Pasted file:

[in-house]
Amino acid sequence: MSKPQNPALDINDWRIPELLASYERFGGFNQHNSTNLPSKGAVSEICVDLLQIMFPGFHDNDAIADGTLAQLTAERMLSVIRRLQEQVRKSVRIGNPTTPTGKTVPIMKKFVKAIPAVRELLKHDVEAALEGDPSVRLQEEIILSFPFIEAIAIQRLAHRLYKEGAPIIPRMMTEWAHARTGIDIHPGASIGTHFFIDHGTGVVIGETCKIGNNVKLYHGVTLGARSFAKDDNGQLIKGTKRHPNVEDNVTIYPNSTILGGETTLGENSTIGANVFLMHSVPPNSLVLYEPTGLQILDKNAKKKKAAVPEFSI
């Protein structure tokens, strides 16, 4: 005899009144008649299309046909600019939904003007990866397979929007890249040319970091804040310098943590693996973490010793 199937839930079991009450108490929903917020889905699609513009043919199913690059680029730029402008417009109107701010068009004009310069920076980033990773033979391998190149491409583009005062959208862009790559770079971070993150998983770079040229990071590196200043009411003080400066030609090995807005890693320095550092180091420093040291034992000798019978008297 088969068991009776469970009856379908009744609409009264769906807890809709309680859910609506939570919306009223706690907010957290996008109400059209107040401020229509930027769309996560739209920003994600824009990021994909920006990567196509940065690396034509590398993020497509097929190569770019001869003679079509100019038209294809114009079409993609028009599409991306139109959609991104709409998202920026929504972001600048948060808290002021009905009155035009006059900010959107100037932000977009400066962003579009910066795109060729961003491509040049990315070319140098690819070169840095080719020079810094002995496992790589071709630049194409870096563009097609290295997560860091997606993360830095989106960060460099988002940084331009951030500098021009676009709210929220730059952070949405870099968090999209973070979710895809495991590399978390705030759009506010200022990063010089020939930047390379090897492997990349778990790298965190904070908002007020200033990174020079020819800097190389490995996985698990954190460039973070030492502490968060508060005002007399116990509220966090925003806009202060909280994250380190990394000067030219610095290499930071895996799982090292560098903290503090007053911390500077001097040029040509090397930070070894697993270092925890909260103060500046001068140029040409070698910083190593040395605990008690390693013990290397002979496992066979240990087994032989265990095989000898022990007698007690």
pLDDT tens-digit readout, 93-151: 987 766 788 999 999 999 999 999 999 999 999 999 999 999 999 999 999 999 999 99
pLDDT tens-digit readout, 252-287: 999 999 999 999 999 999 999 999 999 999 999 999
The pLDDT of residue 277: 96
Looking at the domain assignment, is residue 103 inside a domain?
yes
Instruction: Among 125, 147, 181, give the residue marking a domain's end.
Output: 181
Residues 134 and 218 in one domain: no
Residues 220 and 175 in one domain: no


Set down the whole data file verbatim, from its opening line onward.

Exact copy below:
[in-house]
Amino acid sequence: MSKPQNPALDINDWRIPELLASYERFGGFNQHNSTNLPSKGAVSEICVDLLQIMFPGFHDNDAIADGTLAQLTAERMLSVIRRLQEQVRKSVRIGNPTTPTGKTVPIMKKFVKAIPAVRELLKHDVEAALEGDPSVRLQEEIILSFPFIEAIAIQRLAHRLYKEGAPIIPRMMTEWAHARTGIDIHPGASIGTHFFIDHGTGVVIGETCKIGNNVKLYHGVTLGARSFAKDDNGQLIKGTKRHPNVEDNVTIYPNSTILGGETTLGENSTIGANVFLMHSVPPNSLVLYEPTGLQILDKNAKKKKAAVPEFSI
């Protein structure tokens, strides 16, 4: 005899009144008649299309046909600019939904003007990866397979929007890249040319970091804040310098943590693996973490010793 199937839930079991009450108490929903917020889905699609513009043919199913690059680029730029402008417009109107701010068009004009310069920076980033990773033979391998190149491409583009005062959208862009790559770079971070993150998983770079040229990071590196200043009411003080400066030609090995807005890693320095550092180091420093040291034992000798019978008297 088969068991009776469970009856379908009744609409009264769906807890809709309680859910609506939570919306009223706690907010957290996008109400059209107040401020229509930027769309996560739209920003994600824009990021994909920006990567196509940065690396034509590398993020497509097929190569770019001869003679079509100019038209294809114009079409993609028009599409991306139109959609991104709409998202920026929504972001600048948060808290002021009905009155035009006059900010959107100037932000977009400066962003579009910066795109060729961003491509040049990315070319140098690819070169840095080719020079810094002995496992790589071709630049194409870096563009097609290295997560860091997606993360830095989106960060460099988002940084331009951030500098021009676009709210929220730059952070949405870099968090999209973070979710895809495991590399978390705030759009506010200022990063010089020939930047390379090897492997990349778990790298965190904070908002007020200033990174020079020819800097190389490995996985698990954190460039973070030492502490968060508060005002007399116990509220966090925003806009202060909280994250380190990394000067030219610095290499930071895996799982090292560098903290503090007053911390500077001097040029040509090397930070070894697993270092925890909260103060500046001068140029040409070698910083190593040395605990008690390693013990290397002979496992066979240990087994032989265990095989000898022990007698007690």
pLDDT tens-digit readout, 93-151: 987 766 788 999 999 999 999 999 999 999 999 999 999 999 999 999 999 999 999 99
pLDDT tens-digit readout, 252-287: 999 999 999 999 999 999 999 999 999 999 999 999
The pLDDT of residue 277: 96
Looking at the domain assignment, is residue 103 inside a domain?
yes
Instruction: Among 125, 147, 181, give the residue marking a domain's end.
Output: 181
Residues 134 and 218 in one domain: no
Residues 220 and 175 in one domain: no